Combo drug offers new hope against Hepatitis C

Hepatitis C pill 300x197 Combo drug offers new hope against Hepatitis C An effective and simple treatment may soon be on the horizon for Hepatitis C, a deadly liver damaging disease that infects three to five times more people than HIV.

Clinical trials showed that a new combination pill can cure patients of their hepatitis C infection, with few side effects. The combo therapy involving two experimental drugs, daclatasvir and sofosbuvir, was highly effective in eliminating the hepatitis C virus (HCV) in nearly all patients, even those who can’t take or don’t respond to the conventional treatments.

Sofosbuvir (brand name Sovaldi), manufactured by Gilead Sciences in California, got the green light from the US Food and Drug Administration (FDA) in December.

“This research paves the way for safe, tolerable and effective treatment options for the vast majority of those infected with hepatitis C,” says study leader Mark Sulkowski, M.D., medical director of the Johns HopkinsCenter for Viral Hepatitis. “Standard treatments for the disease are going to improve dramatically within the next year, leading to unprecedented advances for the treatment of patients infected with the hepatitis C virus.”

Clinical trial involving 211 hepatitis C patients

In order to assess the safety and efficacy of the combination drug treatment, researchers carried out a clinical trial on 211 hepatitis C patients at 18 medical centers across the United States and Puerto Rico.

The study subjects were assigned to a daily combination of 60 milligrams of daclatasvir (still in the approval process), and 400 milligrams of sofosbuvir. Some patients also received ribavirin, presently the conventional treatment, in addition to the combination pill.

Revelations of the study

By 12 weeks, nearly 98 percent of the patients had achieved what doctors call a functional cure, in which the virus is eliminated and prevented from replicating. The combination pill therapy was well-tolerated with very high rates of cure even in patients with virus genotype 1 (common in the United States) and those with genotypes 2 and 3 which are more common elsewhere. Moreover, the study established that hepatitis C could be cured without the use of ribavirin that can cause anaemia.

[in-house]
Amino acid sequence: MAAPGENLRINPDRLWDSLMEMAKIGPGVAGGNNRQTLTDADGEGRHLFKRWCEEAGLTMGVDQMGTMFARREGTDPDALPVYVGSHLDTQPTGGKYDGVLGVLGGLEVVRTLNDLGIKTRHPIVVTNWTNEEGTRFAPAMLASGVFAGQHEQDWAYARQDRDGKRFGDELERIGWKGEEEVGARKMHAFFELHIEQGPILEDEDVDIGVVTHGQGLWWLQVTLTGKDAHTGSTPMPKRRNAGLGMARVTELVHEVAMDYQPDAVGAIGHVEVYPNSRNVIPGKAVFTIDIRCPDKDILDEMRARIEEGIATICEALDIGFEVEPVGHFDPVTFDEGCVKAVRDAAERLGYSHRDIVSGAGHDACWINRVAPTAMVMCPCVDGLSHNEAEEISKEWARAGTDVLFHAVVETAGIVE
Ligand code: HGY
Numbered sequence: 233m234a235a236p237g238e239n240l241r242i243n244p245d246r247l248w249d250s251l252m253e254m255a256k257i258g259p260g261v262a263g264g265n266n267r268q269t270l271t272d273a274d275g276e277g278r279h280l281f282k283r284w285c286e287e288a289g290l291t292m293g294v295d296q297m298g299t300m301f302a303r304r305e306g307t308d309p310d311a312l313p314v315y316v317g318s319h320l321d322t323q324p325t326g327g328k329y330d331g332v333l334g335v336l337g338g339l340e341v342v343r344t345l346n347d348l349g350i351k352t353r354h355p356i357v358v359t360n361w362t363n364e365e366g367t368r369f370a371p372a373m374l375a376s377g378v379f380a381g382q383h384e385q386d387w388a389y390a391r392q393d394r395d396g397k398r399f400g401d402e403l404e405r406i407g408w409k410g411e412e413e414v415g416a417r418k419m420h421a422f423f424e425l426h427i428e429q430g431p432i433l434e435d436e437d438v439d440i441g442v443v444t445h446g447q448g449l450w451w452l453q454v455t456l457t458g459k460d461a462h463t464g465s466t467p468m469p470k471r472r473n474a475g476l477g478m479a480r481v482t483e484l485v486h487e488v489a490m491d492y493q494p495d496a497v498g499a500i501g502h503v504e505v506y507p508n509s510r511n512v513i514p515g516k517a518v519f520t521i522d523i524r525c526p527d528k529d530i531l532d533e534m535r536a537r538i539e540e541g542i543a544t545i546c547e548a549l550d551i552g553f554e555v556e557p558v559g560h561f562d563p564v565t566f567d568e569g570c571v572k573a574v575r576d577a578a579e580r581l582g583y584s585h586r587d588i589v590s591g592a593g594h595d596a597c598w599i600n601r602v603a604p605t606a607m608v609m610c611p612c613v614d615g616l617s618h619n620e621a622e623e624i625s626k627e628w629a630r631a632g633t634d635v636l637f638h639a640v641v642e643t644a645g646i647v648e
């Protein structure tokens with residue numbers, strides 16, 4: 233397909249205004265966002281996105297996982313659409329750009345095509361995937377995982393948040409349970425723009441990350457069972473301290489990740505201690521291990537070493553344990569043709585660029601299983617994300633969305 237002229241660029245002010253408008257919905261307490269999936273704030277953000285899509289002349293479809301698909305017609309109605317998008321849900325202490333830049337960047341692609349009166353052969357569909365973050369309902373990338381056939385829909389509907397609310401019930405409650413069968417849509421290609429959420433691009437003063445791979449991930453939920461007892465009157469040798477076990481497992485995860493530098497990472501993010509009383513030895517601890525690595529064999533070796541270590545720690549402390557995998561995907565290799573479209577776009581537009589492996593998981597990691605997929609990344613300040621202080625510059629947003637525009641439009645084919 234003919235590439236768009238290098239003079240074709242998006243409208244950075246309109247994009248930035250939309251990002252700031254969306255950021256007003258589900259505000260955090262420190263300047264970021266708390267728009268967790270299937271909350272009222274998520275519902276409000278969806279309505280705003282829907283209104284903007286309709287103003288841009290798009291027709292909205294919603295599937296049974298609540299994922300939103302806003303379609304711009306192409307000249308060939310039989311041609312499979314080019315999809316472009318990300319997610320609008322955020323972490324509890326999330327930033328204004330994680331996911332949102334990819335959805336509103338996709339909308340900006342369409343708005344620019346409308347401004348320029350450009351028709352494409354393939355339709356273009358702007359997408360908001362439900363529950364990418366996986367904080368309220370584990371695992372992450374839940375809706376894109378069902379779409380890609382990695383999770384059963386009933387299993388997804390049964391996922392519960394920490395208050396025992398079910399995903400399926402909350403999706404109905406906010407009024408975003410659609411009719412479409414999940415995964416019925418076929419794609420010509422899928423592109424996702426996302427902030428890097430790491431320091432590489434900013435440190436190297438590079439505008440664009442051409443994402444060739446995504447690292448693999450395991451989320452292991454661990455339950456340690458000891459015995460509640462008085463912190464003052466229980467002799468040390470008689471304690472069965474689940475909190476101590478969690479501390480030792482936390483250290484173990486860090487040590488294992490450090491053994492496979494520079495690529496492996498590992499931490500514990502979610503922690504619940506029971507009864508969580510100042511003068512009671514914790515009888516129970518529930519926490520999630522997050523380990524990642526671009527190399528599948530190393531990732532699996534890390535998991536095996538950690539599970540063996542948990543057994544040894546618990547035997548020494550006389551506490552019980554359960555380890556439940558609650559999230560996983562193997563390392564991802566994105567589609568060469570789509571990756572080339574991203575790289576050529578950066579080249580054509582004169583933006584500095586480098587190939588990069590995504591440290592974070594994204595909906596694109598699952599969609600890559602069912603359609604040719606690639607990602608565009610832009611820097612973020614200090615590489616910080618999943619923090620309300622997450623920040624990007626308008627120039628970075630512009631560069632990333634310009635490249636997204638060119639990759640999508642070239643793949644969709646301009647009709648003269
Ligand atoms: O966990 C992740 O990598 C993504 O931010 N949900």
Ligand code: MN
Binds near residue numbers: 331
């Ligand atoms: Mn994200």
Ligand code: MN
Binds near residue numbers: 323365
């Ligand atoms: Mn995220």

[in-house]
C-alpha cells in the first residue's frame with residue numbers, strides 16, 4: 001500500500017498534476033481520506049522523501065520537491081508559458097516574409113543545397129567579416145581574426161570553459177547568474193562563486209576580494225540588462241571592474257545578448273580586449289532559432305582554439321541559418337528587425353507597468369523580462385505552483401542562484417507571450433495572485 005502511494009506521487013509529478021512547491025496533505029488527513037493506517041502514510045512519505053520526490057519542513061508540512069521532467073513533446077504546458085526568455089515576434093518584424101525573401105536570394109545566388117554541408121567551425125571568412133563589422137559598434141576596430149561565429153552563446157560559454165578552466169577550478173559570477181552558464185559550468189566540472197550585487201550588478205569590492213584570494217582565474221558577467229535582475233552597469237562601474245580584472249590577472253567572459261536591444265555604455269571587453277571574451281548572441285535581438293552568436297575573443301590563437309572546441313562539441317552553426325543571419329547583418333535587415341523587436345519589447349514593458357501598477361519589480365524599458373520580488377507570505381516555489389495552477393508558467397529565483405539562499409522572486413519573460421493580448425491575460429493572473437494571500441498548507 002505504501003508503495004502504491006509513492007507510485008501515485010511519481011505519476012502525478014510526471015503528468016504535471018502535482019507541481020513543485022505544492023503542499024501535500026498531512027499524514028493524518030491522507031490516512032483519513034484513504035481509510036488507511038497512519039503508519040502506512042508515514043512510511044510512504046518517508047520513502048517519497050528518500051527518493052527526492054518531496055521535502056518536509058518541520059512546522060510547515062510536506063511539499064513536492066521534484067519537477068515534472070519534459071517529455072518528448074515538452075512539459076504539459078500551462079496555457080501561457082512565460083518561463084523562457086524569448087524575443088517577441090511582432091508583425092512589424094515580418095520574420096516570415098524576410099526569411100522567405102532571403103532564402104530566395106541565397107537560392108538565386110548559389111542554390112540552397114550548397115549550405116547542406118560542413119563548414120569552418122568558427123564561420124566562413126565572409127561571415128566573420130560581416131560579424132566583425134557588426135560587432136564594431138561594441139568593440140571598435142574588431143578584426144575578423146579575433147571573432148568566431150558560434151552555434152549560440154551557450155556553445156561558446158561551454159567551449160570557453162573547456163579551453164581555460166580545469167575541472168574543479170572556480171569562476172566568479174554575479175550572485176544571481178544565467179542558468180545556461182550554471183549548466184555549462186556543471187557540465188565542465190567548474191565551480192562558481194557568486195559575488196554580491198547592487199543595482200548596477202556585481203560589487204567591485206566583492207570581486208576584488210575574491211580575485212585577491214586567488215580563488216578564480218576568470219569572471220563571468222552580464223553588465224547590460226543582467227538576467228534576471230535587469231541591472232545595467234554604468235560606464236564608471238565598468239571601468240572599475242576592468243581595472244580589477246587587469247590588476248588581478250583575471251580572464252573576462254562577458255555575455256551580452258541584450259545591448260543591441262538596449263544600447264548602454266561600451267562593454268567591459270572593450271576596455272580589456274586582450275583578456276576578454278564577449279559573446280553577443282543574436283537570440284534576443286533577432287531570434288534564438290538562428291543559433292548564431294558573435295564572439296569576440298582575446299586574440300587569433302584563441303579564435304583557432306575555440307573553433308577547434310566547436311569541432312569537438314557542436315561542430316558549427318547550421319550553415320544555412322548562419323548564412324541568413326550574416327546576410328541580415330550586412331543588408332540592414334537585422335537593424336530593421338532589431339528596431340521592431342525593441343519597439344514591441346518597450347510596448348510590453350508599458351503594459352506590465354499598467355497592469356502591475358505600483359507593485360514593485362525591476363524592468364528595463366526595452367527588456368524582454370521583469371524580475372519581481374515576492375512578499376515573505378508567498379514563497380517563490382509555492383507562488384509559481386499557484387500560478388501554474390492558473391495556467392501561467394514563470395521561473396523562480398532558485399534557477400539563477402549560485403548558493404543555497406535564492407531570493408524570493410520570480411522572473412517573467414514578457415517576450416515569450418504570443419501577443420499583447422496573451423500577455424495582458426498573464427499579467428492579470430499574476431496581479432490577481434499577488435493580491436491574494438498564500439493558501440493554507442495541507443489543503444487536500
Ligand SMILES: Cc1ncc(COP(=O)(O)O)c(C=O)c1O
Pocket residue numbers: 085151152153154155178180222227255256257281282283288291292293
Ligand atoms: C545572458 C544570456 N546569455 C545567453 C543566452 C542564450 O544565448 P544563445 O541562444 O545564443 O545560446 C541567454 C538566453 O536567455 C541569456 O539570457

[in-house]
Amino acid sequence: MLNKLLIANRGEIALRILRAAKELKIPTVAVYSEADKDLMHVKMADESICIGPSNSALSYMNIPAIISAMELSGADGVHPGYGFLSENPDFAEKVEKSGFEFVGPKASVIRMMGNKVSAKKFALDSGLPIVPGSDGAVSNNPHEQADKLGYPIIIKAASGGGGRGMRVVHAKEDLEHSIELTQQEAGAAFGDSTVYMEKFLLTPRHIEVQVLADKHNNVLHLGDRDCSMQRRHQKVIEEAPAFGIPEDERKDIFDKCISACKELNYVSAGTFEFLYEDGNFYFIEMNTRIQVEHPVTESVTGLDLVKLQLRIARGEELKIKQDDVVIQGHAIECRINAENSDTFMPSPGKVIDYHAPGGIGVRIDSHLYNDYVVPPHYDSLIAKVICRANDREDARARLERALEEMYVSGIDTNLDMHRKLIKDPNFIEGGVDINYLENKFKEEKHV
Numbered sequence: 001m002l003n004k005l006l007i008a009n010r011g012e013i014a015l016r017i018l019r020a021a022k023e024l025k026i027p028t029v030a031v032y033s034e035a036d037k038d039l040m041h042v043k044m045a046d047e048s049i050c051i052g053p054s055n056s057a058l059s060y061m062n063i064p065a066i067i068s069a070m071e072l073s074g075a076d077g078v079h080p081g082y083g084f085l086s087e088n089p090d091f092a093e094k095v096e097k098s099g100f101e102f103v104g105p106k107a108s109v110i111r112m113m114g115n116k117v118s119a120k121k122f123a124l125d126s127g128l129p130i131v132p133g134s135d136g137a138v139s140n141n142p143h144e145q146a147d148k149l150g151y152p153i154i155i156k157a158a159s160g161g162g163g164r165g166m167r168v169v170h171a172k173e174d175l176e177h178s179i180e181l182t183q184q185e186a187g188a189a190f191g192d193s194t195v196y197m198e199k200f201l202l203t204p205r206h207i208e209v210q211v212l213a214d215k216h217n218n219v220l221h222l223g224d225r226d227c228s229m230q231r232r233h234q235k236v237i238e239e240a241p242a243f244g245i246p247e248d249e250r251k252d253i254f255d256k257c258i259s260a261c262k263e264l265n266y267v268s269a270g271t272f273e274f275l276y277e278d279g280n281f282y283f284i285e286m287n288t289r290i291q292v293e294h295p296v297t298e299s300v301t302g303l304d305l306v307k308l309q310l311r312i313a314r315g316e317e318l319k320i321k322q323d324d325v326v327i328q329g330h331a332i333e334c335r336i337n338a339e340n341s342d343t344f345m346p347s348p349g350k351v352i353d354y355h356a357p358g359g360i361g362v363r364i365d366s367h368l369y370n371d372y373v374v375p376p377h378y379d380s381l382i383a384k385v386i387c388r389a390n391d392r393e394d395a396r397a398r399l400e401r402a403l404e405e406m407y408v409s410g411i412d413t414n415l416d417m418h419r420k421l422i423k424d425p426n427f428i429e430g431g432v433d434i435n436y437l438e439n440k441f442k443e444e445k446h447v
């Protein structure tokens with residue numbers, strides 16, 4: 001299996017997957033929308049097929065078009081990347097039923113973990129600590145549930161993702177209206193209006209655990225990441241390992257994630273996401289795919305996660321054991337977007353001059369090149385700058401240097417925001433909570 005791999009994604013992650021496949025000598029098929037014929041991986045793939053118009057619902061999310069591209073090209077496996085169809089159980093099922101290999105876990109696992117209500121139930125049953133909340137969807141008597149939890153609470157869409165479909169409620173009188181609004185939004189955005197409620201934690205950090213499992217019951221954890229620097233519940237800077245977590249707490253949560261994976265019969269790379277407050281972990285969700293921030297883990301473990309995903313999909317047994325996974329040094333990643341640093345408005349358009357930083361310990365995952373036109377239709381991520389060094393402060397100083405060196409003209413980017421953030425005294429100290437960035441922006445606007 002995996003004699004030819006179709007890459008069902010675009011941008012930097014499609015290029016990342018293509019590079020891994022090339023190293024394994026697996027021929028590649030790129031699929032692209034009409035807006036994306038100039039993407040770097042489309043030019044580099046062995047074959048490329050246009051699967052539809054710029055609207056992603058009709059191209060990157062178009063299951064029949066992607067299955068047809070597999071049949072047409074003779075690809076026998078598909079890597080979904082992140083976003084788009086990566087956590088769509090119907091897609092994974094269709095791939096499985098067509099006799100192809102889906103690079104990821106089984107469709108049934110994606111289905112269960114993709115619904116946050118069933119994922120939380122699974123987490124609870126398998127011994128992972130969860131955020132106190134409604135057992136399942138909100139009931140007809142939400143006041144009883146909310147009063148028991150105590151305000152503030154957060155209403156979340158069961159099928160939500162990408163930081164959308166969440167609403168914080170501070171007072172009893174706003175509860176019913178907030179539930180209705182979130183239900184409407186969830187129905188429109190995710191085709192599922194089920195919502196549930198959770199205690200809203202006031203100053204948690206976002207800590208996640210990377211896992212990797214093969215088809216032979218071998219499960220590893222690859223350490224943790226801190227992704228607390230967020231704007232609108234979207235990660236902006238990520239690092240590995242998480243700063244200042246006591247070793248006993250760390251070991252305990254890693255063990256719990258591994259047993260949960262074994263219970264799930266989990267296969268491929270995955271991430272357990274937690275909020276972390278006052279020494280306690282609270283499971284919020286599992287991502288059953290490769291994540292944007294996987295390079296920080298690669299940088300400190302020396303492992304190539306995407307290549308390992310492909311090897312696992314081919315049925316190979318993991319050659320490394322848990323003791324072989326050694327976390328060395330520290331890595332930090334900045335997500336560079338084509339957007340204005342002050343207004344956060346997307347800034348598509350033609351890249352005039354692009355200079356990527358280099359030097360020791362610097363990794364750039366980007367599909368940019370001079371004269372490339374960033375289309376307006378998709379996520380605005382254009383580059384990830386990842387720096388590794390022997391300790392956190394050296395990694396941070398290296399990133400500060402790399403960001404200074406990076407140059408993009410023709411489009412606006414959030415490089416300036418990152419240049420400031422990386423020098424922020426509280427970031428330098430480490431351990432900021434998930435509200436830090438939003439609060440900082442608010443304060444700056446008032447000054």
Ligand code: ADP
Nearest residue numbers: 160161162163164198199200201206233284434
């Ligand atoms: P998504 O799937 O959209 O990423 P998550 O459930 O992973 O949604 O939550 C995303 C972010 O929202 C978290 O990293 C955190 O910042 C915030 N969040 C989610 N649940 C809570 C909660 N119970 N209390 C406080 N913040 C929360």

Common side effects perceived were nausea, anemia, upper respiratory tract infection and headache. Most of them were classified as mild by the treating physician and no patient had to discontinue treatment because of adverse events.

According to Mark Sulkowski, if declatasavir and other new drugs for hepatitis C get clearance from the FDA, treatment for hepatitis patients, could move from an era of injectable medications with significant toxicity to that of all-oral combination pill therapy.

“Standard treatments for the disease are going to improve dramatically within the next year, leading to unprecedented advances for the treatment of patients infected with the hepatitis C virus,” said Sulkowski.

Given that the new treatment for the deadly liver virus is expected to cost at least $US80,000 ($A89,490) per year, the question at hand is how many will get access to the new drug for hepatitis C?

The study is reported in the Jan. 16 issue of the New England Journal of Medicine.

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